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Reviewed by:
  • As You Like It, and: Measure for Measure, and: The Tempest
  • Steve Mentz
As You Like It Presented by The Bridge Project at the BAM Harvey Theater, Brooklyn, New York. January 12–March 13, 2010. Directed by Sam Mendes. Associate Director Gaye Taylor Upchurch. Production Manager Dominic Fraser. Associate Sound Designer Jeremy Lee. Assistant Costume Designer Nicole Moody. With Christian Camargo (Orlando), Alvin Epstein (Adam), Edward Bennett (Oliver), Juliet Rylance (Rosalind), Michelle Beck (Celia), Thomas Sadoski (Touchstone), Jonathan Lincoln Fried (Le Beau), Michael Thomas (Duke Frederick & Duke Senior), Anthony O'Donnell (Corin), Aaron Krohn (Silvius), Stephan Dillane (Jaques), Jenni Barber (Audrey), Alvin Epstein (Sir Oliver Martext), Ashlie Atkinson (Phoebe), and others.
Measure for Measure Presented by Theatre for a New Audience at The Duke on 42nd Street, New York, New York. February 6–March 14, 2010. Directed by Arin Arbus. Scenic designer Peter Ksander. Costume designer David Zinn. Lighting Designer Marcus Doshi. Sound designer Jane Shaw. Composer Sarah Pickett. With Jefferson Mays (Vincentio), Robert Langdon Lloyd (Escalus), Rocco Sisto (Angelo), Alfredo Narciso (Lucio), Elisabeth Waterson (Isabella), John Keating (Pompey), Mary Testa (Mistress Overdone), Samara Bay (Kate Keepdown), LeRoy McClain (Claudio), Graham Winton (Provost), Rose Seccareccia (Juliet), Denis Butkus (Friar Peter), Alyssa Bresnahan (Francisca), John Christopher Jones (Elbow), Alyssa Bresnahan (Mariana), Mary Testa (Attendant), John Christopher Jones (Abhorson), Joe Forbrich (Bernadine), and others.
The Tempest Presented by The Bridge Project at the BAM Harvey Theater, Brooklyn, New York. February 14–March 13, 2010. Directed by Sam Mendes. Associate Director Gaye Taylor Upchurch. US Press Agent Boneau Bryan Brown. Dialect coach Deborah Hecht. Associate Lighting Designer Dan Large. Associate [End Page 502] Sound Designer Jeremy Lee. With Stephan Dillane (Prospero), Christian Camargo (Ariel), Ron Cephas Jones (Caliban), Jonathan Lincoln Fried (Alonso), Alvin Epstein (Gonzalo), Richard Hansell (Sebastian), Michael Thomas (Antonio), Juliet Rylance (Miranda), Edward Bennett (Ferdinand), Anthony O'Donnell (Trinculo), Thomas Sadoski (Stephano), Michelle Beck (Iris), Jenni Barber (Ceres), Ashlie Atkinson (Juno), and others.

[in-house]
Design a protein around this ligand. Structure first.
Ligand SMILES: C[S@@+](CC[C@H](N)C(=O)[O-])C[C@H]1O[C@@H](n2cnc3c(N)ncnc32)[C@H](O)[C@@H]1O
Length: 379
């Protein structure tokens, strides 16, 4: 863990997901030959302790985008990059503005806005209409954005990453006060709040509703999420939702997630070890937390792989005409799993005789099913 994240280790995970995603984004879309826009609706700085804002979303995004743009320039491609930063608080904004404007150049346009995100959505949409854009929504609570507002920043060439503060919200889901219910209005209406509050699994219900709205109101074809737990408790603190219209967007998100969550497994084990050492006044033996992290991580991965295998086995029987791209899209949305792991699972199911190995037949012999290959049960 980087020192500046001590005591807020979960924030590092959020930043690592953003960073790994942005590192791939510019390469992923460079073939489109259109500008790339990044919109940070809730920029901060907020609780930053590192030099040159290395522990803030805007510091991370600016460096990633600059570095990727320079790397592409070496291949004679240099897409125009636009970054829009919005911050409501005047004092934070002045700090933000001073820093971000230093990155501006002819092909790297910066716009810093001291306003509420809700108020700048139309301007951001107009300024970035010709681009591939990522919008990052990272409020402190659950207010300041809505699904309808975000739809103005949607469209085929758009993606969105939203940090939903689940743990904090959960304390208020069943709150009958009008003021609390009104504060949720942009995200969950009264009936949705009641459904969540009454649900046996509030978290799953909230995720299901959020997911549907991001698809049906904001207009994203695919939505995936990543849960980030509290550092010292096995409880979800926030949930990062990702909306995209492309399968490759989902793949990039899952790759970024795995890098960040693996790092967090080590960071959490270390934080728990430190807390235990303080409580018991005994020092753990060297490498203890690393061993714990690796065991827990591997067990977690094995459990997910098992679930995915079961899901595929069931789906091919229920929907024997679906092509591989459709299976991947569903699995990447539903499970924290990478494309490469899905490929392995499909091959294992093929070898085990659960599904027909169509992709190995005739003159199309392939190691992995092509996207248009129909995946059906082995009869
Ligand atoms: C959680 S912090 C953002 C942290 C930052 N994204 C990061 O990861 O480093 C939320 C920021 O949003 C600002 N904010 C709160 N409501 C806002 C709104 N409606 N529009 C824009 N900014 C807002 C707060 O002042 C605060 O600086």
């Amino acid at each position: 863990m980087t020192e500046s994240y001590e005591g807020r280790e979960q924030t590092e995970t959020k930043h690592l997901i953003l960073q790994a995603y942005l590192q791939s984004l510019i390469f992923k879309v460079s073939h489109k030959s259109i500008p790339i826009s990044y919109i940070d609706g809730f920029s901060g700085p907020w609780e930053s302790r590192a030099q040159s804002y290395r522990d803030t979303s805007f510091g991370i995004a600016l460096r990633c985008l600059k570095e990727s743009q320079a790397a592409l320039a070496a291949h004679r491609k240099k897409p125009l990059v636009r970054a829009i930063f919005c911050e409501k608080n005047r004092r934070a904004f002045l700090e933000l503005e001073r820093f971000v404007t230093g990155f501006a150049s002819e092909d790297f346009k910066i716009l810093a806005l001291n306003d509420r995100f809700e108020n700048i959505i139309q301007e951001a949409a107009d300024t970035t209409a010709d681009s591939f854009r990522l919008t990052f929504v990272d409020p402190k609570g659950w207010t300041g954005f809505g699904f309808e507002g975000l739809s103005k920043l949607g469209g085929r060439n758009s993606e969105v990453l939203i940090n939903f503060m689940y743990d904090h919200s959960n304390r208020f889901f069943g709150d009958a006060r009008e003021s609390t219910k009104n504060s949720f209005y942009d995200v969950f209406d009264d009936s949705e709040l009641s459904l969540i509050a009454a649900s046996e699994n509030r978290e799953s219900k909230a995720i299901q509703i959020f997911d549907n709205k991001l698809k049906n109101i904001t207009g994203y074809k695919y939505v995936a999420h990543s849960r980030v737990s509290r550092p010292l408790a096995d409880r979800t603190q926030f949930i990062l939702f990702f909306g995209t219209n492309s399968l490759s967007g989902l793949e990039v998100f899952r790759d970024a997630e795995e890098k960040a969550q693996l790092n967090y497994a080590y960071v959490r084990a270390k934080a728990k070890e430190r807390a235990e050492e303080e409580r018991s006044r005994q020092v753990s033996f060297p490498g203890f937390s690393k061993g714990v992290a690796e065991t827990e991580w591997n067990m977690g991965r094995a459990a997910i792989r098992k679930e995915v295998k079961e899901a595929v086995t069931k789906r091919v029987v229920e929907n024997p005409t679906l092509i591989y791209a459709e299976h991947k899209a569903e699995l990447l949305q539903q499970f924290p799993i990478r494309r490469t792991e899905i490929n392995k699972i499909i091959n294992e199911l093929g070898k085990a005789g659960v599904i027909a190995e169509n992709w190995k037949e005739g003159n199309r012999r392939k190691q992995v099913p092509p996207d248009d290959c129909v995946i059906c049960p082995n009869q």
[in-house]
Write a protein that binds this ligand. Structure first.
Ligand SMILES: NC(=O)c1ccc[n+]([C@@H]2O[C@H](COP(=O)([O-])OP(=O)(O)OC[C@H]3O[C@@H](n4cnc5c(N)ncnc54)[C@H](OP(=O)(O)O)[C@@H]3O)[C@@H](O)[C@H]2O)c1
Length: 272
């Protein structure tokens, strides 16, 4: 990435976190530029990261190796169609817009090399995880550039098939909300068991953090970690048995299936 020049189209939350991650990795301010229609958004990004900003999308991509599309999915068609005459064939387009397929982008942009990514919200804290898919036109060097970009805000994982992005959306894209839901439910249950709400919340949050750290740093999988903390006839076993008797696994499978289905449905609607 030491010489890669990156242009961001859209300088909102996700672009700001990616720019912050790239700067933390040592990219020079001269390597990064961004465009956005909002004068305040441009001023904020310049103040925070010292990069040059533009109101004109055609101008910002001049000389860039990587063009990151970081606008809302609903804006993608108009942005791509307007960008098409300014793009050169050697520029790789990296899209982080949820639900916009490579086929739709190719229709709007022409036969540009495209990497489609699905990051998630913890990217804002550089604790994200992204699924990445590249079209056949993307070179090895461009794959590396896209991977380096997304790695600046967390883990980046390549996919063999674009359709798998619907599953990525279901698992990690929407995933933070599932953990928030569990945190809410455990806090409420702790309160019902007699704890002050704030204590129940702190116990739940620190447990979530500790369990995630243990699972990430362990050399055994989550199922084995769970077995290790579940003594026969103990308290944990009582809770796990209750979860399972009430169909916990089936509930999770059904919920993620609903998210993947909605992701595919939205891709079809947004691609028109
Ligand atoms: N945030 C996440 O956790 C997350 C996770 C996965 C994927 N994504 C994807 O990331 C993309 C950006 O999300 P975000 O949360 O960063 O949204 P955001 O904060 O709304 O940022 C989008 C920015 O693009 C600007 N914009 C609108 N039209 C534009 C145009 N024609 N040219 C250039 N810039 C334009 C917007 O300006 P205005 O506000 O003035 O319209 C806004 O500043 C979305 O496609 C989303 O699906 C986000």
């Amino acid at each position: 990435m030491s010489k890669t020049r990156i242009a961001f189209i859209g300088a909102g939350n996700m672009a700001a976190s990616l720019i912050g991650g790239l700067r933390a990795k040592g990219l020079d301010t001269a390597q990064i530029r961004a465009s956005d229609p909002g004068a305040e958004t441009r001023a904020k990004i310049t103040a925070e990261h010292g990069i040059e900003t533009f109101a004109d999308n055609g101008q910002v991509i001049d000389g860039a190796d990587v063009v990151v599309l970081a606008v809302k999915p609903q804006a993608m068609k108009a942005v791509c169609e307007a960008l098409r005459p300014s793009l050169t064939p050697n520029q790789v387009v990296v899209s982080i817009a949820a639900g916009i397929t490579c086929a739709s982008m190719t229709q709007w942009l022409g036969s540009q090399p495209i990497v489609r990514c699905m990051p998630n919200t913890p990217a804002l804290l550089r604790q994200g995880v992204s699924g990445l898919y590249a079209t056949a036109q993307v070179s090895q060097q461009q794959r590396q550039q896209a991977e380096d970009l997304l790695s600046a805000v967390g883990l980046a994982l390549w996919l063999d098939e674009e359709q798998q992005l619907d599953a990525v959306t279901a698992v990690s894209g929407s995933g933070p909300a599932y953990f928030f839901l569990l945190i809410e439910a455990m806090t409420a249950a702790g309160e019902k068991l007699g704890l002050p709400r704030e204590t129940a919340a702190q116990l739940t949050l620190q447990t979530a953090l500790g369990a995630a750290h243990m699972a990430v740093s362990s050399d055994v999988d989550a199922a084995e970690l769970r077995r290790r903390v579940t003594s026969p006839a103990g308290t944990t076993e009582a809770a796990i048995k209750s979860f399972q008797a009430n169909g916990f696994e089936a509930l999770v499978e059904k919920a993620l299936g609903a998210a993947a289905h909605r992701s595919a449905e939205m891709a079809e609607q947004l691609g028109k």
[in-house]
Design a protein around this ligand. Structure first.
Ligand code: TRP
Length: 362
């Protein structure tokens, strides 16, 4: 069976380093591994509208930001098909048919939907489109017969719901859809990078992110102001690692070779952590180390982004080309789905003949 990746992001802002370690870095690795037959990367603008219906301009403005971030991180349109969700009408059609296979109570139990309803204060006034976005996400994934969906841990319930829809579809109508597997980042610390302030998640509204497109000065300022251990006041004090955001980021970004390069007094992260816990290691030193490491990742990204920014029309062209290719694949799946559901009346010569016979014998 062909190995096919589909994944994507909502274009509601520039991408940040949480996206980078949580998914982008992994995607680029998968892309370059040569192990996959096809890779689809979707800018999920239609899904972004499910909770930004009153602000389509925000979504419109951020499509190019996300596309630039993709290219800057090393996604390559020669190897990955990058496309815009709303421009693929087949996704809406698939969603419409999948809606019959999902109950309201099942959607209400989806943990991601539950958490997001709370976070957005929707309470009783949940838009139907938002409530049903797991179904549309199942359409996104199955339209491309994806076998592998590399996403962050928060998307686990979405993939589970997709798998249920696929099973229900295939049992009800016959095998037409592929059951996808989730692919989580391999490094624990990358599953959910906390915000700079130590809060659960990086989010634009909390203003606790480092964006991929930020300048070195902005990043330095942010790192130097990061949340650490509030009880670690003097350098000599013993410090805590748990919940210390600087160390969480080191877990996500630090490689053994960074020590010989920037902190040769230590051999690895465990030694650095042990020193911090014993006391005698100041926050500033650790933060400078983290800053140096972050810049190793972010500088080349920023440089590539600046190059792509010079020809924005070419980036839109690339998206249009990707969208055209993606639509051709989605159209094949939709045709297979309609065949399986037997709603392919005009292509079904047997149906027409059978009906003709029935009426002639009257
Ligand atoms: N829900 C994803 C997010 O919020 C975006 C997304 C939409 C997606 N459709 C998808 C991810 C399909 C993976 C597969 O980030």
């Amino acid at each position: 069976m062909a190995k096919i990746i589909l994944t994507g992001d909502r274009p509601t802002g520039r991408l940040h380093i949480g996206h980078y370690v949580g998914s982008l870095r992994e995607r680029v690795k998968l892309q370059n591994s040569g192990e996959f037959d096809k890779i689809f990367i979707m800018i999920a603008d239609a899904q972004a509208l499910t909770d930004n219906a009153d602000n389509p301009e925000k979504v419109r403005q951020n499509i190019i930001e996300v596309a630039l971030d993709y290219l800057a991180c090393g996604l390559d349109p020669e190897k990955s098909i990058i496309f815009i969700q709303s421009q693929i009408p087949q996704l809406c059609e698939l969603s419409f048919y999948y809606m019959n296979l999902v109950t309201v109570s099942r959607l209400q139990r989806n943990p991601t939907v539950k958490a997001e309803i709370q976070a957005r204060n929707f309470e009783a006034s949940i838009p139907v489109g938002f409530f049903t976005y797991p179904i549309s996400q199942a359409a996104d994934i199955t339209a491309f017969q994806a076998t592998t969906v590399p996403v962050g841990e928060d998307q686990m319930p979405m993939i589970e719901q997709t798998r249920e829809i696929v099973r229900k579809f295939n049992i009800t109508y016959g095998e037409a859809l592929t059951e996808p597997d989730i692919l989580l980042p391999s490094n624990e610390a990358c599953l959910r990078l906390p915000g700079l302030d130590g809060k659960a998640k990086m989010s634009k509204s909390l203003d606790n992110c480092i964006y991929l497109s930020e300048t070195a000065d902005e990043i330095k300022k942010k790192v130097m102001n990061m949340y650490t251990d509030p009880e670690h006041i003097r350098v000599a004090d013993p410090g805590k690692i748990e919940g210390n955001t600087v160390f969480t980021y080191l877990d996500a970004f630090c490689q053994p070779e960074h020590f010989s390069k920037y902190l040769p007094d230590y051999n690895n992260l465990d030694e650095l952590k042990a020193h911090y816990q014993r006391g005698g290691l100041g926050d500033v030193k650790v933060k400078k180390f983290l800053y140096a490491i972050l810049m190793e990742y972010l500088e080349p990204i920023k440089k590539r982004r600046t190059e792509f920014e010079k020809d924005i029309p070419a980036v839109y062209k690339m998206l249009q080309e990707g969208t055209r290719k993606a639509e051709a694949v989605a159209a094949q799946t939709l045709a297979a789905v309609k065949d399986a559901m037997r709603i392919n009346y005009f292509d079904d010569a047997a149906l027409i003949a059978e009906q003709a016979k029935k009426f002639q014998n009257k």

The British actor was tall, with a charismatic smile, a natty striped suit, and impeccable diction. He towered over the shorter American, whose untucked shirt and ragged hair seemed a proxy for the untidy rhythm of his syllables. The first scene was largely expository, with lots of back-story about dead fathers, wills, and usurpation. Both characters wanted the father's legacy. I don't think it was intentional, but as I watched Edward Bennett's brilliant performance as the sinister cad Oliver alongside Christian Camargo's downtrodden Orlando, I could not help but see a representation of the Anglo-American makeup of the Bridge Project. The company's raison d'etre is to bring together Shakespearean actors from both sides of the Atlantic. The collaborations have produced some fine productions, including this one, but at times the casting has also reified existing national types, so that the Brits appeared all polish and the Americans too much in love with their own scrappiness. Bennett's Oliver shone forth, easy and seductive. Camargo's Orlando was petulant, violent, badly dressed, and eventually carried the day. Can you guess which one was the American?

The oddness and aptness of that brief scene aside, the Bridge Project's As You Like It, while not as strong as the Tempest with which it played in rep, had some wonderful ensemble features. Bennett's Oliver was a standout in a minor part, and Stephen Dillane's Jaques added depth and gravity to the play, though he seemed not to have the faintest idea what to make of Rosalind when he encountered her in 3.2. Both Bennett and Dillane also continued a Bridge Project tradition that Ethan Hawke's Autolycus inaugurated: adding Bob Dylan parodies to Shakespeare. Dillane crooned "Ducdame" (2.5) in full Dylan mode, and Bennett later transformed his matter-of-fact lines, "Say with me, I love Aliena …" (5.2), with a smoothed-out version of the folk-rock troubadour's signature rasp. Their two performances, as well as Alvin Epstein's moving portrait of Adam, who expired at the end of the first interval after being fed one last meal at the old Duke's forest encampment, kept a sometimes rambling production focused. The wintry set...

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Additional Information

ISSN
1931-1427
Print ISSN
0748-2558
Pages
pp. 502-510
Launched on MUSE
2011-01-15
Open Access
No
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